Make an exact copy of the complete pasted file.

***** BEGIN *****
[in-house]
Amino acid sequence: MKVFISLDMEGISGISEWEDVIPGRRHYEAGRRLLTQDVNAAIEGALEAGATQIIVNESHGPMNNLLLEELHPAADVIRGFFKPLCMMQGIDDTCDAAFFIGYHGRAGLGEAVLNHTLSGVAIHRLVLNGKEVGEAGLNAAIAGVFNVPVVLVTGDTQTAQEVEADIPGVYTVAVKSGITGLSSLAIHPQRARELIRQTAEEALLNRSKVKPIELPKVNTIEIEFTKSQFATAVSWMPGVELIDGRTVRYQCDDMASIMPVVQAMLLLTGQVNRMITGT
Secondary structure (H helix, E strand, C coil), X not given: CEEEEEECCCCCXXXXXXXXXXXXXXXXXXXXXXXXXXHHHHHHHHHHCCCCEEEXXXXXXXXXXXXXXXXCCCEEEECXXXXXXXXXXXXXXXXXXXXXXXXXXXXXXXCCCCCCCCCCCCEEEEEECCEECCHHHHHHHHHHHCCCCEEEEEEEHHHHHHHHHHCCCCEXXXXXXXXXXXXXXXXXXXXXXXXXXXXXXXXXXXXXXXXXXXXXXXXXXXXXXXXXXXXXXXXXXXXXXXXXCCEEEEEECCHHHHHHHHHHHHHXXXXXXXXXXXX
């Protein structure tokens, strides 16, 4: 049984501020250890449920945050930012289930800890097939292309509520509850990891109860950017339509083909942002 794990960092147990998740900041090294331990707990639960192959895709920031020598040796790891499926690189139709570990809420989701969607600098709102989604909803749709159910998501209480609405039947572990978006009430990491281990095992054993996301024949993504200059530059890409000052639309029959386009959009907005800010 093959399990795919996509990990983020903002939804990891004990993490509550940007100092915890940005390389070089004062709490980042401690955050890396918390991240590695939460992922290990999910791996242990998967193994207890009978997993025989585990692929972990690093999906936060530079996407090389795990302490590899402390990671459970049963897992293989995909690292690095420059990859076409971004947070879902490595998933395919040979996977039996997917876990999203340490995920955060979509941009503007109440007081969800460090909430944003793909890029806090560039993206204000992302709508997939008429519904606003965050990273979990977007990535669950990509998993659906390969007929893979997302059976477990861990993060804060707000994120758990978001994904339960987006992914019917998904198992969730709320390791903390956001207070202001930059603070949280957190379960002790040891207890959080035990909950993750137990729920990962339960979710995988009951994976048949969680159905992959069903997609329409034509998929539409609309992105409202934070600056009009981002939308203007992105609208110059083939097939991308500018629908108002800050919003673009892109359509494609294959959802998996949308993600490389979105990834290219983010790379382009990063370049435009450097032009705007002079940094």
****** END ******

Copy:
[in-house]
Amino acid sequence: MKVFISLDMEGISGISEWEDVIPGRRHYEAGRRLLTQDVNAAIEGALEAGATQIIVNESHGPMNNLLLEELHPAADVIRGFFKPLCMMQGIDDTCDAAFFIGYHGRAGLGEAVLNHTLSGVAIHRLVLNGKEVGEAGLNAAIAGVFNVPVVLVTGDTQTAQEVEADIPGVYTVAVKSGITGLSSLAIHPQRARELIRQTAEEALLNRSKVKPIELPKVNTIEIEFTKSQFATAVSWMPGVELIDGRTVRYQCDDMASIMPVVQAMLLLTGQVNRMITGT
Secondary structure (H helix, E strand, C coil), X not given: CEEEEEECCCCCXXXXXXXXXXXXXXXXXXXXXXXXXXHHHHHHHHHHCCCCEEEXXXXXXXXXXXXXXXXCCCEEEECXXXXXXXXXXXXXXXXXXXXXXXXXXXXXXXCCCCCCCCCCCCEEEEEECCEECCHHHHHHHHHHHCCCCEEEEEEEHHHHHHHHHHCCCCEXXXXXXXXXXXXXXXXXXXXXXXXXXXXXXXXXXXXXXXXXXXXXXXXXXXXXXXXXXXXXXXXXXXXXXXXXCCEEEEEECCHHHHHHHHHHHHHXXXXXXXXXXXX
């Protein structure tokens, strides 16, 4: 049984501020250890449920945050930012289930800890097939292309509520509850990891109860950017339509083909942002 794990960092147990998740900041090294331990707990639960192959895709920031020598040796790891499926690189139709570990809420989701969607600098709102989604909803749709159910998501209480609405039947572990978006009430990491281990095992054993996301024949993504200059530059890409000052639309029959386009959009907005800010 093959399990795919996509990990983020903002939804990891004990993490509550940007100092915890940005390389070089004062709490980042401690955050890396918390991240590695939460992922290990999910791996242990998967193994207890009978997993025989585990692929972990690093999906936060530079996407090389795990302490590899402390990671459970049963897992293989995909690292690095420059990859076409971004947070879902490595998933395919040979996977039996997917876990999203340490995920955060979509941009503007109440007081969800460090909430944003793909890029806090560039993206204000992302709508997939008429519904606003965050990273979990977007990535669950990509998993659906390969007929893979997302059976477990861990993060804060707000994120758990978001994904339960987006992914019917998904198992969730709320390791903390956001207070202001930059603070949280957190379960002790040891207890959080035990909950993750137990729920990962339960979710995988009951994976048949969680159905992959069903997609329409034509998929539409609309992105409202934070600056009009981002939308203007992105609208110059083939097939991308500018629908108002800050919003673009892109359509494609294959959802998996949308993600490389979105990834290219983010790379382009990063370049435009450097032009705007002079940094």